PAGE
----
CoffeeBigPlz said...

Just an FYI, I posted a data mining tutorial and then directed everyone here.

Mike Kole said...

Michael- There are all sorts of sources for data which can involve voluntary use.

For instance, the Libertarian Party keeps a database on its members. Libertarianism encompasses every area of life, but our members have varied interests. Some are interested in Federal issues, such as the war in Iraq, while others are fiscally motivated on taxes and budgets, while others still hold 1st Amendment, or 2nd Amendment, etc... as their top issues.

It makes sense to identify our interests so as to best coordinate efforts where people have similar interests. Candidates running on a tax cut platform would do best to reach out to those with a similar view first. Not to say that the candidate couldn't attract 2nd Amendment folks as supporter or volunteers, just an efficiency item.

Maybe "mining" has a more specific meaning. I am *not* in favor of doing things that work to bypass firewalls. However, if people voluntarily post to a Fair Tax site, I have no problem with contacting that person via info found there any more than I would in contacting someone who writes a letter to the editor of the paper.

Michael said...

Using the information gleaned from politcal party questionaires is one thing, it can reasonably be expected that you would be contacted in that case. What data mining refers to is not web based information gathering. It is database and mailing list purchasing, by and large, that's why the cost to do it is so high.
Buying peoples information from organizations gets us into a place where privacy issue start to arise. Most people do not grant permission to businesses, organizations or what have you to share their information with third and fourth parties. This is the problem and a major reason why many businesses have had to go out of their way to reassure their customers, often in writing that their info will not be shared. Even that is suspect, tho where the government is concerned. Store chains and their "customer cards" have already shared information on purchasing with the government in its data mining efforts. This is the "slippery slope" for us. Using data without the explicit permission of the individual.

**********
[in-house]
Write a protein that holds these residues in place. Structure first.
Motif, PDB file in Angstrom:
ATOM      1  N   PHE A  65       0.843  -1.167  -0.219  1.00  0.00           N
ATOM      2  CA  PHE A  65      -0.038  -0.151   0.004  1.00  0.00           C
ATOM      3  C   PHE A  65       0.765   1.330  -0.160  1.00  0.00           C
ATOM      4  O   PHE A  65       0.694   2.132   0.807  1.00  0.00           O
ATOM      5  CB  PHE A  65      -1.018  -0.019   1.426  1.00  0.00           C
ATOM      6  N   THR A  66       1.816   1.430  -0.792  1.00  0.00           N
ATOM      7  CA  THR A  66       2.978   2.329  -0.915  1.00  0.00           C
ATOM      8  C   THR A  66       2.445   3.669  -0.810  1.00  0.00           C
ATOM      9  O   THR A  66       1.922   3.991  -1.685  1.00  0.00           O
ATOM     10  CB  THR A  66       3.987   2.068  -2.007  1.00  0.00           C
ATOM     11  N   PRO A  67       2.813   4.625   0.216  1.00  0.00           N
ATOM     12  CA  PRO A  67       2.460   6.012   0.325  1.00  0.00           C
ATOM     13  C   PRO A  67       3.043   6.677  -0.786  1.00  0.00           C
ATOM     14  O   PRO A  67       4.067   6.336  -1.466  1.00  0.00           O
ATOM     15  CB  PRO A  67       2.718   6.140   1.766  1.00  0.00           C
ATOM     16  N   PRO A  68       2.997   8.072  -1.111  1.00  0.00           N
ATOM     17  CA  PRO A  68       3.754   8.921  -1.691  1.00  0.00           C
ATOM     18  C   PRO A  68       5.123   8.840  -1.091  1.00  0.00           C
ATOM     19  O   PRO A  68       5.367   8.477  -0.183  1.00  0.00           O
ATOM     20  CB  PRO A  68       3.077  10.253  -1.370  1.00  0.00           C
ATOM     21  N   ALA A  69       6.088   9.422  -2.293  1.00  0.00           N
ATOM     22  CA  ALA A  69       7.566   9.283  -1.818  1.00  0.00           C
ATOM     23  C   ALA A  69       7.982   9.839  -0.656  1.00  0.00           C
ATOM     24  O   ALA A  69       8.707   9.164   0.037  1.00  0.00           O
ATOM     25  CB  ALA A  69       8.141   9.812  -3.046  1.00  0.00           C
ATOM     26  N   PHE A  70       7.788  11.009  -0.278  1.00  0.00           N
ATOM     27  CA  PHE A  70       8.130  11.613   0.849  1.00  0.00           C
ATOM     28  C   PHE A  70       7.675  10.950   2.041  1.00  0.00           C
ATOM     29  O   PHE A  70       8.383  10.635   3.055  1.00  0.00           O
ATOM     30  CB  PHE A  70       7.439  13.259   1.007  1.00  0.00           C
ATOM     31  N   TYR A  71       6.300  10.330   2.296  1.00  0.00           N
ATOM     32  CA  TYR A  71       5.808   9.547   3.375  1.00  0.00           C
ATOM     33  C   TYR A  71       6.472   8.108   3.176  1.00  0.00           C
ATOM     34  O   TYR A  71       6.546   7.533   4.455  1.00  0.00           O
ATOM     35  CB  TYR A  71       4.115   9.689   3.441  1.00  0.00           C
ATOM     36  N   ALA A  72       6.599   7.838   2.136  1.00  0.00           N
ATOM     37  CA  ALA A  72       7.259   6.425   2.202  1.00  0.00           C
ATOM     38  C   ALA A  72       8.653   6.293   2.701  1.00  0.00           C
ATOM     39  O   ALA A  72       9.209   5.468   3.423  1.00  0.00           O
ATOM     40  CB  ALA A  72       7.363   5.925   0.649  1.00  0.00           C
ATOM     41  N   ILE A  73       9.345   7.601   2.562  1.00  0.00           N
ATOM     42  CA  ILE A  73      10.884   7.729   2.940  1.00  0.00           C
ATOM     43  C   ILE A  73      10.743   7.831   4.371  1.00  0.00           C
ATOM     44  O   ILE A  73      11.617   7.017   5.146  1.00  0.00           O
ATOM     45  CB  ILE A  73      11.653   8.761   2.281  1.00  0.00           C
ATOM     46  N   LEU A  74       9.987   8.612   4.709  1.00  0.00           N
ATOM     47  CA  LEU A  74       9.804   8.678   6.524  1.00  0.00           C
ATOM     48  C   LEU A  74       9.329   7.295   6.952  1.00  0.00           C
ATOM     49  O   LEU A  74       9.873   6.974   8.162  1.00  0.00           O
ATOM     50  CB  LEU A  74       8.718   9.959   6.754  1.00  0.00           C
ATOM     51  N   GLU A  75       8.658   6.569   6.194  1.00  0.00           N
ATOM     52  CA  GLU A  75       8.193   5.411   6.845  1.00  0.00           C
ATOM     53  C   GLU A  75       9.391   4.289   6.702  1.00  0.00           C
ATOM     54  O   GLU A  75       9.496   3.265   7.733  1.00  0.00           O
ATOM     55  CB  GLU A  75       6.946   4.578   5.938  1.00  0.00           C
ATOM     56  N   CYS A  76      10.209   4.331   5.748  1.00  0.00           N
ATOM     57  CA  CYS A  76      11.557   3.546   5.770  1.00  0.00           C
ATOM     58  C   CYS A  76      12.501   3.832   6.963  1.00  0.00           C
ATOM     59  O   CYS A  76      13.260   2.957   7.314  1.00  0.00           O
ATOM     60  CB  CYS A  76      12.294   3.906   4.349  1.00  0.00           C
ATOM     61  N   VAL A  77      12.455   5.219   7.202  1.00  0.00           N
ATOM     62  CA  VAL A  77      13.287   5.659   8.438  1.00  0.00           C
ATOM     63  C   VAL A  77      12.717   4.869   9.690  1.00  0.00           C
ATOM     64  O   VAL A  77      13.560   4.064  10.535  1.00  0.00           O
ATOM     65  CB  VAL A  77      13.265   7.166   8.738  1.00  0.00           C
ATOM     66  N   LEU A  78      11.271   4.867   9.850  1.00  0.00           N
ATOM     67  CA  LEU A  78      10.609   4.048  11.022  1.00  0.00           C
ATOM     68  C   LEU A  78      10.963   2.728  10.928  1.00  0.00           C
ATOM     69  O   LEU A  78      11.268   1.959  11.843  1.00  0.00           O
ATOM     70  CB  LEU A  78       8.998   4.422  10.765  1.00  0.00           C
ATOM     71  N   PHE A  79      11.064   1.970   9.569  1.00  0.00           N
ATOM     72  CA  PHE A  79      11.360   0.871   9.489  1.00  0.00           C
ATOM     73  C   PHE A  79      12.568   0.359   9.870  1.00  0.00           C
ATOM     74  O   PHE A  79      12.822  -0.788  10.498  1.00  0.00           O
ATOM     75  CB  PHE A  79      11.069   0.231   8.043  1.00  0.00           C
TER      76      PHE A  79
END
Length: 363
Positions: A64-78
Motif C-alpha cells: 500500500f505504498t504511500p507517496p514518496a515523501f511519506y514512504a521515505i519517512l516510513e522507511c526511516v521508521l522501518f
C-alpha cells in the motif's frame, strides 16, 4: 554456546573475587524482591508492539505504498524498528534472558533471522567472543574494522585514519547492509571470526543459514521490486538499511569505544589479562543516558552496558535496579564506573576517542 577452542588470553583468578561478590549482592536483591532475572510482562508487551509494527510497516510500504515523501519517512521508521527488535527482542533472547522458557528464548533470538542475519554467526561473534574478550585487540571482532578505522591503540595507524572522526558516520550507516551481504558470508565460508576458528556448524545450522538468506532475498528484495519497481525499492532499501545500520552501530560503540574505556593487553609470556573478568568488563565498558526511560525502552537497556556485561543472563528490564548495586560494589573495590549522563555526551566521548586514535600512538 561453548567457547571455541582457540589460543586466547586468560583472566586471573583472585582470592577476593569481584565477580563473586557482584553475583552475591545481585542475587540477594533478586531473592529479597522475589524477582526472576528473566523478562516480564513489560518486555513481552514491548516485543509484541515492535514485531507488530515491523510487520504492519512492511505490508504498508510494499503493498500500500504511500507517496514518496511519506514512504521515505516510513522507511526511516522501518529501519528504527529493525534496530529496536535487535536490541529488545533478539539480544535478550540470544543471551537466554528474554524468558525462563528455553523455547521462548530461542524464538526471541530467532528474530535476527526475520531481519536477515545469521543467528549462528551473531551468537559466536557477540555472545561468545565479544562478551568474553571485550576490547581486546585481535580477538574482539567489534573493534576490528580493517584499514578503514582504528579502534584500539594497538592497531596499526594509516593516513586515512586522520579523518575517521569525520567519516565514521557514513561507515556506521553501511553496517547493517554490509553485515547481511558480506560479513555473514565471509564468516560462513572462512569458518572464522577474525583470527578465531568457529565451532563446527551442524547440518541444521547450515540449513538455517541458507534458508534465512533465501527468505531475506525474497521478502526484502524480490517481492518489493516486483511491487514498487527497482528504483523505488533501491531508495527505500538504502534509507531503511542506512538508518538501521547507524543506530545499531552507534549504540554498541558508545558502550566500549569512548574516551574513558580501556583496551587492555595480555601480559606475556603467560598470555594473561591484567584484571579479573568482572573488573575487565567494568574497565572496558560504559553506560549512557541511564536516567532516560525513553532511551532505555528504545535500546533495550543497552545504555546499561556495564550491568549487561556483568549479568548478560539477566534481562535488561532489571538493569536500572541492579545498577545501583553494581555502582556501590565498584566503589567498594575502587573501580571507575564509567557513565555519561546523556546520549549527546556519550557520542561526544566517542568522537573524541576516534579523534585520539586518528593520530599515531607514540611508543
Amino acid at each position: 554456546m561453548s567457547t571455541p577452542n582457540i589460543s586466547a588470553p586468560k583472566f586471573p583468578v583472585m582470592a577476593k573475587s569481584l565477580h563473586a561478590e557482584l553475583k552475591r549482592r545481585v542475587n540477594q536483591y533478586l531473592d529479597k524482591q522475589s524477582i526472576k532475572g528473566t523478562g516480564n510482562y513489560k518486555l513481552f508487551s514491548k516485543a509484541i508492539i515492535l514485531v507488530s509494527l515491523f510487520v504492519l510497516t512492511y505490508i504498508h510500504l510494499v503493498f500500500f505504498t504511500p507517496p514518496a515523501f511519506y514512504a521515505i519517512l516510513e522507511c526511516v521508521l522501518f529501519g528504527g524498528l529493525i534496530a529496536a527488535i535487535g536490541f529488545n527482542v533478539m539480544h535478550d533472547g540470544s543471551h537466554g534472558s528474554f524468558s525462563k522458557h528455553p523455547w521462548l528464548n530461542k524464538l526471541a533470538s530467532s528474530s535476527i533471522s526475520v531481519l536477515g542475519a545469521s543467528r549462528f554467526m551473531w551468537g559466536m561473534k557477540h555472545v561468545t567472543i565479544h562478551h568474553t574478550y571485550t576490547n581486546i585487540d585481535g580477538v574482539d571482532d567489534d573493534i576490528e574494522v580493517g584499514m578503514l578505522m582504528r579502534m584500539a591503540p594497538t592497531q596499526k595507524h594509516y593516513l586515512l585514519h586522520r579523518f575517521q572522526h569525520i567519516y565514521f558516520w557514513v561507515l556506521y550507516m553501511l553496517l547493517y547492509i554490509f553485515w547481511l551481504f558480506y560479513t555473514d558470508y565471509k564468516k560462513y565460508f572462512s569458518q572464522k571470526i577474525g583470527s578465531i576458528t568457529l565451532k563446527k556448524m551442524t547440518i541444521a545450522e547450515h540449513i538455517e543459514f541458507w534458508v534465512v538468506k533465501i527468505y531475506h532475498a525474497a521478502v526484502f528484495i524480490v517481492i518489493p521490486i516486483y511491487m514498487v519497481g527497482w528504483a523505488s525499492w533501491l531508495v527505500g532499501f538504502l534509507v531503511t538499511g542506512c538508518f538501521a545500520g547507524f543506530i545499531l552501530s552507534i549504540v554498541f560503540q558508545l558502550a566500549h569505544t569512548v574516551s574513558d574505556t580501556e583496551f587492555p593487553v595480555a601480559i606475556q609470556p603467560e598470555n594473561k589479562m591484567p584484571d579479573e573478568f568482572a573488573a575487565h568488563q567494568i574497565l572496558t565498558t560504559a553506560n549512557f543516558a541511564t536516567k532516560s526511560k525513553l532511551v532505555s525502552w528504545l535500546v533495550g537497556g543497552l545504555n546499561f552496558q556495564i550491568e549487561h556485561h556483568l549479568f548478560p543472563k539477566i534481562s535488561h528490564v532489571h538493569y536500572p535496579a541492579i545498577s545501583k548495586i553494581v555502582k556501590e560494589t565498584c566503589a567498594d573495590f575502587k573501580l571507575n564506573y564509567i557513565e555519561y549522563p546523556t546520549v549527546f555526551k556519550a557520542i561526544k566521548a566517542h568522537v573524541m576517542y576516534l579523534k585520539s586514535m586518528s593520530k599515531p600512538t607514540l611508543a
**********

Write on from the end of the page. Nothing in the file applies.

Again, data supplied voluntarily, (such as what we may get from LP members) is fine. Wholesale purchasing or acquisition of info, which is what data mining is, is not necessarily something we want to be involved with if we have any respect for privacy rights.
If we contact an individual who may have posted at a place like the Fair Tax site and left an email or contact info that's OK. They have implied that they wish to be contacted.On the other hand, if we obtain the Fair Tax mailing list and start contacting those can see where there might be problems? It's an issue we must really look at before we leap into it.

Robert Enders said...

Some privacy issues are ethical matters, other privacy issues are matters of courtesy. If someone reads your mail without your consent, that is wrong. If someone photographs you in your front yard without your consent, that is bad manners but it isn't wrong. Different people have different ideas about what they consider to be private information. Some people consider it a violation of their privacy to look up their number and address in a phone book. They don't seem to realize that infomation in a phone book is public knowledge. Others seem to get upset when the "wrong" person reads their online profile, even though they voluntarily filled out that infomation for anyone with a modem to read. I find that it smoothes thing over when I ask people to voluntarily give their information rather than magically know about it in advance by Googling them.